Thursday, December 23, 2010

Latest AAII Sentiment Reading is Out of this World

This week's AAII sentiment survey is out, and the bullish sentiment is out of this world: 63% bullish and only 16% bearish, for a bull-bear spread of 47%!

This is the highest percent bullish since November 18, 2004 - after which the market flat-lined for almost a year until October 2005. It is the lowest percent bearish since November 24, 2005 - after which the market flat-lined until July 2006. It is the highest bull-bear spread since April 15, 2004 - after which the market flat-lined until October 2004. The four week moving average of the bull-bear spread is the highest since December 15, 2005 - after which the market essentially flat-lined until June 2006.

The three major sentiment indicators that I follow - call buying, the AAII survey, and insider transactions - have an excellent track record. Getting out of the market during extreme positive sentiment would have kept you out of Black Monday in 1987 (the biggest one-day percentage decline in history, -23%), the tech bubble crash in 2000 (a 42% decline, peak-to-trough), the October 2007, May 2008, and April 2010 peaks, plus a host of other smaller peaks that followed various relief rallies.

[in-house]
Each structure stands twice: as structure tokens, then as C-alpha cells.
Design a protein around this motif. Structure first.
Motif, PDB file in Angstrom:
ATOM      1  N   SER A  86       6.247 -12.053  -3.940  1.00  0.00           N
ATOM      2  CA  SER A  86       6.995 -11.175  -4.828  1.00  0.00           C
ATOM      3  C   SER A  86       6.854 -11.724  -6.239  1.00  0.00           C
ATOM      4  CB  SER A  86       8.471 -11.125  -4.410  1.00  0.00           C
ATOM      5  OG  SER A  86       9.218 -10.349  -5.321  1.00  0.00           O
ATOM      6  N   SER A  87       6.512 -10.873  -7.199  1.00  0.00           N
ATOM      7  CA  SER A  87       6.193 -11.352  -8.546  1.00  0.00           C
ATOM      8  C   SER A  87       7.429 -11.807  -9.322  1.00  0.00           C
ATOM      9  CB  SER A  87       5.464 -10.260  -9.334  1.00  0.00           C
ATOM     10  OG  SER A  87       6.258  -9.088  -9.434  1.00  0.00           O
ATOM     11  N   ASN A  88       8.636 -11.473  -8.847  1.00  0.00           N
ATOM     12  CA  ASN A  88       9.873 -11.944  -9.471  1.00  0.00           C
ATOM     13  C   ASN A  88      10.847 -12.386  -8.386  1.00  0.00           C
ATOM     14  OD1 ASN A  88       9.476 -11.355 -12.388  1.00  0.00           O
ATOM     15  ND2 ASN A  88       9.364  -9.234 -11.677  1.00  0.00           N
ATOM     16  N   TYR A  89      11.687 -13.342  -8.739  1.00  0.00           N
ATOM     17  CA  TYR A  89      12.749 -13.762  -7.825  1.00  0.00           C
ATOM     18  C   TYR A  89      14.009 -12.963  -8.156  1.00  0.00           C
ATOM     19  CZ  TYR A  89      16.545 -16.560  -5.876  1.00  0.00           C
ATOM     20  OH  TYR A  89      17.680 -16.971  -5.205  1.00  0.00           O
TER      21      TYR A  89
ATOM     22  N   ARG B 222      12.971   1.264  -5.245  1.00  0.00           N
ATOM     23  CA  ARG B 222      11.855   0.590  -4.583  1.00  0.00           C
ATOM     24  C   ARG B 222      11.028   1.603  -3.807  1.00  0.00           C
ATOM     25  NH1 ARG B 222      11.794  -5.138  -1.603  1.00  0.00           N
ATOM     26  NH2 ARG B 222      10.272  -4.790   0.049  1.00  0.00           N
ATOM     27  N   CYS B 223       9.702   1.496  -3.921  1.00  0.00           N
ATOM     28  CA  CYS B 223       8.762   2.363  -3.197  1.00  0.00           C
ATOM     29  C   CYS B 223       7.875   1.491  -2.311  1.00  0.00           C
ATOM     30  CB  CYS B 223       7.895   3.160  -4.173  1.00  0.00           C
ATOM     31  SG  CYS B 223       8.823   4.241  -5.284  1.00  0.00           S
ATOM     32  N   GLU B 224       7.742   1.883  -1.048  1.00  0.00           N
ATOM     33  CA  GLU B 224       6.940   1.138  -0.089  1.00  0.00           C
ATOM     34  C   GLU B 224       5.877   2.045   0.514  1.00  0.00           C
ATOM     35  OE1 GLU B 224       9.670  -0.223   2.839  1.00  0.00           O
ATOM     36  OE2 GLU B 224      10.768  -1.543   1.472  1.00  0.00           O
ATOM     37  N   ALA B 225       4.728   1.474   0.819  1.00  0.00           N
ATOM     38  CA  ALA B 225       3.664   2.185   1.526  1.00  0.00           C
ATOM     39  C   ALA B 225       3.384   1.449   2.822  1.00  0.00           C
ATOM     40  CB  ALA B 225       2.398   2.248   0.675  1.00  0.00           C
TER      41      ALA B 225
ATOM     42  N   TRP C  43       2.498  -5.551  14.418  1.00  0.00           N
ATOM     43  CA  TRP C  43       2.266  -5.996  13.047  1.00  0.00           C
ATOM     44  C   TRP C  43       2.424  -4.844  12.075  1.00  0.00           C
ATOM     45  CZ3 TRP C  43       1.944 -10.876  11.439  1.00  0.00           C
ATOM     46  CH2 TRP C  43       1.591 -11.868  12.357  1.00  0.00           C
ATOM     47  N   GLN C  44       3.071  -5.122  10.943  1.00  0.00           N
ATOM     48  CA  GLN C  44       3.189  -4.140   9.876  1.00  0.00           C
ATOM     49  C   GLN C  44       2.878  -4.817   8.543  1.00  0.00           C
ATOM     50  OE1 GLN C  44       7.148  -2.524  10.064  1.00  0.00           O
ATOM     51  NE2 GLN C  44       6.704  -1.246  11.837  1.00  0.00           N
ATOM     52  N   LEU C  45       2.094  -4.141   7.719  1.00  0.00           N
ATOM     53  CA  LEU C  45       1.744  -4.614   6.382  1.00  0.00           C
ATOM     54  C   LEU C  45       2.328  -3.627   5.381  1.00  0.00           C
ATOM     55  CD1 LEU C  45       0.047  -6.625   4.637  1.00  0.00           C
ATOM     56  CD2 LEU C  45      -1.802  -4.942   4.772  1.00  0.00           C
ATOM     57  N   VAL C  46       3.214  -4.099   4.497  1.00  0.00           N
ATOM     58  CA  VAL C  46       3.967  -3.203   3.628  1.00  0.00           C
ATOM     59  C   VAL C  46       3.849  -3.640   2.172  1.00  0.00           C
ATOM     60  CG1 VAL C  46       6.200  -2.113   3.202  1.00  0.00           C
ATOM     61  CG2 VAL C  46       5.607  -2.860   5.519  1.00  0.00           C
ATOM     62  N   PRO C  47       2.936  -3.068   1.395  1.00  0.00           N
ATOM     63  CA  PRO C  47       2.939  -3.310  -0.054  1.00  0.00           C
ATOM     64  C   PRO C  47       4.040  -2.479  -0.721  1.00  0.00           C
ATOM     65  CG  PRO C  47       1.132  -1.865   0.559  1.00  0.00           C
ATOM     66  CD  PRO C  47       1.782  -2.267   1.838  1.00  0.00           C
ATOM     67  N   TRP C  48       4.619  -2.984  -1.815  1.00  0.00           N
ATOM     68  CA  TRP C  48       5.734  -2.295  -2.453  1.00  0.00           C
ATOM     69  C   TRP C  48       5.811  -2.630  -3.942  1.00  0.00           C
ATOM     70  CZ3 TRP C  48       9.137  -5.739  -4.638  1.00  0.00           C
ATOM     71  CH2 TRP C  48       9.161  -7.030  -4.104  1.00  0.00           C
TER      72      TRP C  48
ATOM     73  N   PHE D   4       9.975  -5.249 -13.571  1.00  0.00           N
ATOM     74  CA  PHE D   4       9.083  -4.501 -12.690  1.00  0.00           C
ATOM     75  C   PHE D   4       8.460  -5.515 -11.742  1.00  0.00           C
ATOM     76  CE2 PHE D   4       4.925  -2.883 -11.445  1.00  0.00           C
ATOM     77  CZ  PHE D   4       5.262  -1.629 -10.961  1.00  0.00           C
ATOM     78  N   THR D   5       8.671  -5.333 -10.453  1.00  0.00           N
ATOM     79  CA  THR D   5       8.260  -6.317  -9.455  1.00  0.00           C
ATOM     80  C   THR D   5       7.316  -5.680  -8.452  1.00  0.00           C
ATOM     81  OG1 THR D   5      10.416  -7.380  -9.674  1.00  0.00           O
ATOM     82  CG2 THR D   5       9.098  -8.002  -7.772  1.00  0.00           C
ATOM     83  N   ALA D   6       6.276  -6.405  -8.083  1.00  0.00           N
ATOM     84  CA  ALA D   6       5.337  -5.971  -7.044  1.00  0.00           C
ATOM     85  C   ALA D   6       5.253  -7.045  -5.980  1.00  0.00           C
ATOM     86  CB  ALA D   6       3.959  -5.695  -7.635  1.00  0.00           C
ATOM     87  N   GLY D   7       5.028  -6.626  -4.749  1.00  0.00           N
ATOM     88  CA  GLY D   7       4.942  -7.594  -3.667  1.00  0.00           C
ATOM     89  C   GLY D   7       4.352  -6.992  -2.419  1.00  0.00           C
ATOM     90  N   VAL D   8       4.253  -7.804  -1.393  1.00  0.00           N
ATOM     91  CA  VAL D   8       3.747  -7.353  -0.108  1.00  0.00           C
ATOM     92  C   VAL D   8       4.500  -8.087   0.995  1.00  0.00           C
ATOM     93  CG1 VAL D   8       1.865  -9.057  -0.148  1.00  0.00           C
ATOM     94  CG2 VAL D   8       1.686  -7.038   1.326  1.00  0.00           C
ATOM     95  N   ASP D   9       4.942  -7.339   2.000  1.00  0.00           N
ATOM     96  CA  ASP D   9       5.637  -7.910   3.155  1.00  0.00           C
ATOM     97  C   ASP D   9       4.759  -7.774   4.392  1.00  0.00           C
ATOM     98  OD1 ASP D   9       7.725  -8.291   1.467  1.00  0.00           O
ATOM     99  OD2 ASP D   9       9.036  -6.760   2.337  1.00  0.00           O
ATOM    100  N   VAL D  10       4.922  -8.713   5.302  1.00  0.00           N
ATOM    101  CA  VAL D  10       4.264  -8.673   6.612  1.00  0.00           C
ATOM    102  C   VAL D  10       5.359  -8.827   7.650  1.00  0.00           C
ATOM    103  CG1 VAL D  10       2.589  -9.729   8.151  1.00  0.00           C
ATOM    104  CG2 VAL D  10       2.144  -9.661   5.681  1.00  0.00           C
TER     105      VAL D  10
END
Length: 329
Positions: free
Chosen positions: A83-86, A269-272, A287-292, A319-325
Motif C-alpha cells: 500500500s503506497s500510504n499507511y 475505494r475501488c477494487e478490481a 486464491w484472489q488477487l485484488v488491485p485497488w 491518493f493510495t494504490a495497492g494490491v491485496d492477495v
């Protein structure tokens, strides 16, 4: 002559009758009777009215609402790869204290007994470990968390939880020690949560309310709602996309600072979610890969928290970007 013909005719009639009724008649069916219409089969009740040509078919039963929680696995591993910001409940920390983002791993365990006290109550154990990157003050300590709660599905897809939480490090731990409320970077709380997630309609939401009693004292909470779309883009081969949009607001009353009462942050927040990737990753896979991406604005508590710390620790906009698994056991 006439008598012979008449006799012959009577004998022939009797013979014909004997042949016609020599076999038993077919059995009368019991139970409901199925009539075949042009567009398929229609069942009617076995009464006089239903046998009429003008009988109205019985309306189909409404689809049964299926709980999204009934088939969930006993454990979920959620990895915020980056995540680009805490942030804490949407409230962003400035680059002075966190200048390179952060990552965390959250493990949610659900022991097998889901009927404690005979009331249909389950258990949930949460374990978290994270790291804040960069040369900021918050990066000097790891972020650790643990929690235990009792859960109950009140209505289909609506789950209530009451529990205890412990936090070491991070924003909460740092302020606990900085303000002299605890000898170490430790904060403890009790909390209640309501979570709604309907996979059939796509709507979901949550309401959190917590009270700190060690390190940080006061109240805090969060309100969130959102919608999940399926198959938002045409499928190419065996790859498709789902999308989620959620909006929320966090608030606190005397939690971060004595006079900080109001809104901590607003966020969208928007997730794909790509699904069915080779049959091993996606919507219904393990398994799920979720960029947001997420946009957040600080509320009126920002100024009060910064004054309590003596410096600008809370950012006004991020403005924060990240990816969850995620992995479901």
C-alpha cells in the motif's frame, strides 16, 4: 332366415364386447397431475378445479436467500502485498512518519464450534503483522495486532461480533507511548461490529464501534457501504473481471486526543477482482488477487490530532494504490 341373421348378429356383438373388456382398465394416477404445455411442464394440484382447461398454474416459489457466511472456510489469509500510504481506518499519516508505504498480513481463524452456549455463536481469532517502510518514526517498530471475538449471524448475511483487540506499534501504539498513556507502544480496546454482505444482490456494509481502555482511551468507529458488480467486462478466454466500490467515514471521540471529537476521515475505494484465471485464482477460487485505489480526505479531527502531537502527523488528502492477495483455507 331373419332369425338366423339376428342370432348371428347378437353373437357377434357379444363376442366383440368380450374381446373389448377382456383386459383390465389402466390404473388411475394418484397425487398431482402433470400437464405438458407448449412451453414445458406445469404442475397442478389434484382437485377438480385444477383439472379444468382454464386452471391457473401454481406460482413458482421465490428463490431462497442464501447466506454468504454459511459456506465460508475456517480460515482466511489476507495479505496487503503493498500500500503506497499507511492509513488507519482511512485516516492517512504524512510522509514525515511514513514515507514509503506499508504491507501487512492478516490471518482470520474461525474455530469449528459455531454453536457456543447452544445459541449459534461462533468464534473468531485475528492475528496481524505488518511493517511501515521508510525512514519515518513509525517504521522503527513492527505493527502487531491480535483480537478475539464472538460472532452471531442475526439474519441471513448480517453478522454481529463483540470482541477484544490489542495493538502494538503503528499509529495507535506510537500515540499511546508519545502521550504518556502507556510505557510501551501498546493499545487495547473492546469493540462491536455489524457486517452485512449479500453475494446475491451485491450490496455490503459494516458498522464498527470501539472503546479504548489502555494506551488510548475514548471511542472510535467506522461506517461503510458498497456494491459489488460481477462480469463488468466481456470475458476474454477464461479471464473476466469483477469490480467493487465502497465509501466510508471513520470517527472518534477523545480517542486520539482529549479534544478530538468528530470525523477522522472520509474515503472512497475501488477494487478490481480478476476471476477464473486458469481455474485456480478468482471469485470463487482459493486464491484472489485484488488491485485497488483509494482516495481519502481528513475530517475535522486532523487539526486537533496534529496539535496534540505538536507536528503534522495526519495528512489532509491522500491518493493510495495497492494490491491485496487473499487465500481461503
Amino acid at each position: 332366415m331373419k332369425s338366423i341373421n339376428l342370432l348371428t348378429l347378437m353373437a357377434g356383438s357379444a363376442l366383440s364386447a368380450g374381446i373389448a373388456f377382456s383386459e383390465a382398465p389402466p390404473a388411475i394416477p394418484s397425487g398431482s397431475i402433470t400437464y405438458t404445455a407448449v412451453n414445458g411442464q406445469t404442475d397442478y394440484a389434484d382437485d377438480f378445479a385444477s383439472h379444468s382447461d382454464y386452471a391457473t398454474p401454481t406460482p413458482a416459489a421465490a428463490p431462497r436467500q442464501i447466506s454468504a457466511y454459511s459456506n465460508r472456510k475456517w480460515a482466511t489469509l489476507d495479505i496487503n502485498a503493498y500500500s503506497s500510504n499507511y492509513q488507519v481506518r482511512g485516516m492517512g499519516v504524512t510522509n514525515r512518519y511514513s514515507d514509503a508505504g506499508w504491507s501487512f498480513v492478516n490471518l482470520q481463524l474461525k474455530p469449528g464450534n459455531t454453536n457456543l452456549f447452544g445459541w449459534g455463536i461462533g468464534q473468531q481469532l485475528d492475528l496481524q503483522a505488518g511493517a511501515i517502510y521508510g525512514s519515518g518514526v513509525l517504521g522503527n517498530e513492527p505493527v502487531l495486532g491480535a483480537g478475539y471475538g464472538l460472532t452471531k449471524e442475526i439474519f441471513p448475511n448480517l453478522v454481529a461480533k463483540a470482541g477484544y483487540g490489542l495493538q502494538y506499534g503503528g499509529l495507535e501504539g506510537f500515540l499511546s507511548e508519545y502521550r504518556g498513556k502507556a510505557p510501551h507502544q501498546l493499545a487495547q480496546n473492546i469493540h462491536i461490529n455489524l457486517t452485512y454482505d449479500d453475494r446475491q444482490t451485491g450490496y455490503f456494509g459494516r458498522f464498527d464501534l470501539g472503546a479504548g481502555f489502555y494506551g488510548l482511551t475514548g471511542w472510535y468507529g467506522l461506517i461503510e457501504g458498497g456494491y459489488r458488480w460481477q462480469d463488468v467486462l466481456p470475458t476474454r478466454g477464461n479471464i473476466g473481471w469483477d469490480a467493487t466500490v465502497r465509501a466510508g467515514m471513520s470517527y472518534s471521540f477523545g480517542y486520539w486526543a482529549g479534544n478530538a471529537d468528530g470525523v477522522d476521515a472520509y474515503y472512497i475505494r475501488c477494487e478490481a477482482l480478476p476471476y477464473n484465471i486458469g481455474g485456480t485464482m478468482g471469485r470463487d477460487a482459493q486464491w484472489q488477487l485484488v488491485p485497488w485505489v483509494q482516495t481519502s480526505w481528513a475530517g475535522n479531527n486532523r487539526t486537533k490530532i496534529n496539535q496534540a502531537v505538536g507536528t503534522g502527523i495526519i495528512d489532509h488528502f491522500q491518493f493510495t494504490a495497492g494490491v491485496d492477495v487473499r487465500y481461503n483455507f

In terms of predicting crashes, these indicators together have no false negatives. A "false positive" means missing a period when the market trades in a small range (flat-lines) for six months or a year.

As Hussman commented last week, "the return/risk profile of the equity market is the most negative that we ever observe historically".

The 2008 crash did not teach the big, baby-boomer (i.e. only bull market experience) asset managers anything. Bill Miller at Legg Mason (down 50% over the past 10 years!) thinks there is "a lot more to go" [pdf], and Ken Fisher thinks bears are "idiotic". Even USA Today thinks you should be back in stocks.

Investors are experiencing an extraordinary delusion. They wrongly believe that inflation is bullish for equities, when actually it lowers earnings multiples and, for many companies, hurts earnings. They refuse to acknowledge the European debt crisis (which affects all world financial institutions), or the incipient U.S. municipal bond crisis.

The country is gutted, but meanwhile, we have another dotcom bubble complete with business model-lite companies, a farmland bubble, a precious metals bubble, and a generational bubble in ugly and degenerate art.

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